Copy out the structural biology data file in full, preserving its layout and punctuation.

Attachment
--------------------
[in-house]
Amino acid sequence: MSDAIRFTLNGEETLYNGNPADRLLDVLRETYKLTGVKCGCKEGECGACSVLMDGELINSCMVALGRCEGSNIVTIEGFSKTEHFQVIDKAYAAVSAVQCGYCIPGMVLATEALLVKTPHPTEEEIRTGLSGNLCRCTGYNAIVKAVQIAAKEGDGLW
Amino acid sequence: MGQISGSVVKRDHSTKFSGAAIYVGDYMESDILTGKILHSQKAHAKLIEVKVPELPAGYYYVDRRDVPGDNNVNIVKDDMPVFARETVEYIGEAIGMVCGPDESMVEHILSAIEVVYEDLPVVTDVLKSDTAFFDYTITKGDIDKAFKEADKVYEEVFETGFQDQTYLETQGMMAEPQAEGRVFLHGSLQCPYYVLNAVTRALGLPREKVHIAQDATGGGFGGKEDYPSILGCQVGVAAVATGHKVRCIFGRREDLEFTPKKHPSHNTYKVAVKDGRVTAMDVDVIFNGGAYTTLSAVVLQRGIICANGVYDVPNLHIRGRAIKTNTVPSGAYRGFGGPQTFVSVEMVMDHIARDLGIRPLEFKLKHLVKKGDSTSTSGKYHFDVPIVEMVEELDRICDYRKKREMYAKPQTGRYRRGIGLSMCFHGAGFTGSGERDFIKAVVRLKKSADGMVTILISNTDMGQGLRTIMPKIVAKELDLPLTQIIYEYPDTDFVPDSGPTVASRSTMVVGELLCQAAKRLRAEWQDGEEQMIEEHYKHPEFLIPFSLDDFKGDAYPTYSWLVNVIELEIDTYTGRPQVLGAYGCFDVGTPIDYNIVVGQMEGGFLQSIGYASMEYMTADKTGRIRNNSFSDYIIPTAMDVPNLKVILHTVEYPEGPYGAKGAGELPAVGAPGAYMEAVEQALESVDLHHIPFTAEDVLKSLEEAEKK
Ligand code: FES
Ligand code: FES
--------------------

[in-house]
Amino acid sequence: MSDAIRFTLNGEETLYNGNPADRLLDVLRETYKLTGVKCGCKEGECGACSVLMDGELINSCMVALGRCEGSNIVTIEGFSKTEHFQVIDKAYAAVSAVQCGYCIPGMVLATEALLVKTPHPTEEEIRTGLSGNLCRCTGYNAIVKAVQIAAKEGDGLW
Amino acid sequence: MGQISGSVVKRDHSTKFSGAAIYVGDYMESDILTGKILHSQKAHAKLIEVKVPELPAGYYYVDRRDVPGDNNVNIVKDDMPVFARETVEYIGEAIGMVCGPDESMVEHILSAIEVVYEDLPVVTDVLKSDTAFFDYTITKGDIDKAFKEADKVYEEVFETGFQDQTYLETQGMMAEPQAEGRVFLHGSLQCPYYVLNAVTRALGLPREKVHIAQDATGGGFGGKEDYPSILGCQVGVAAVATGHKVRCIFGRREDLEFTPKKHPSHNTYKVAVKDGRVTAMDVDVIFNGGAYTTLSAVVLQRGIICANGVYDVPNLHIRGRAIKTNTVPSGAYRGFGGPQTFVSVEMVMDHIARDLGIRPLEFKLKHLVKKGDSTSTSGKYHFDVPIVEMVEELDRICDYRKKREMYAKPQTGRYRRGIGLSMCFHGAGFTGSGERDFIKAVVRLKKSADGMVTILISNTDMGQGLRTIMPKIVAKELDLPLTQIIYEYPDTDFVPDSGPTVASRSTMVVGELLCQAAKRLRAEWQDGEEQMIEEHYKHPEFLIPFSLDDFKGDAYPTYSWLVNVIELEIDTYTGRPQVLGAYGCFDVGTPIDYNIVVGQMEGGFLQSIGYASMEYMTADKTGRIRNNSFSDYIIPTAMDVPNLKVILHTVEYPEGPYGAKGAGELPAVGAPGAYMEAVEQALESVDLHHIPFTAEDVLKSLEEAEKK
Ligand code: FES
Ligand code: FES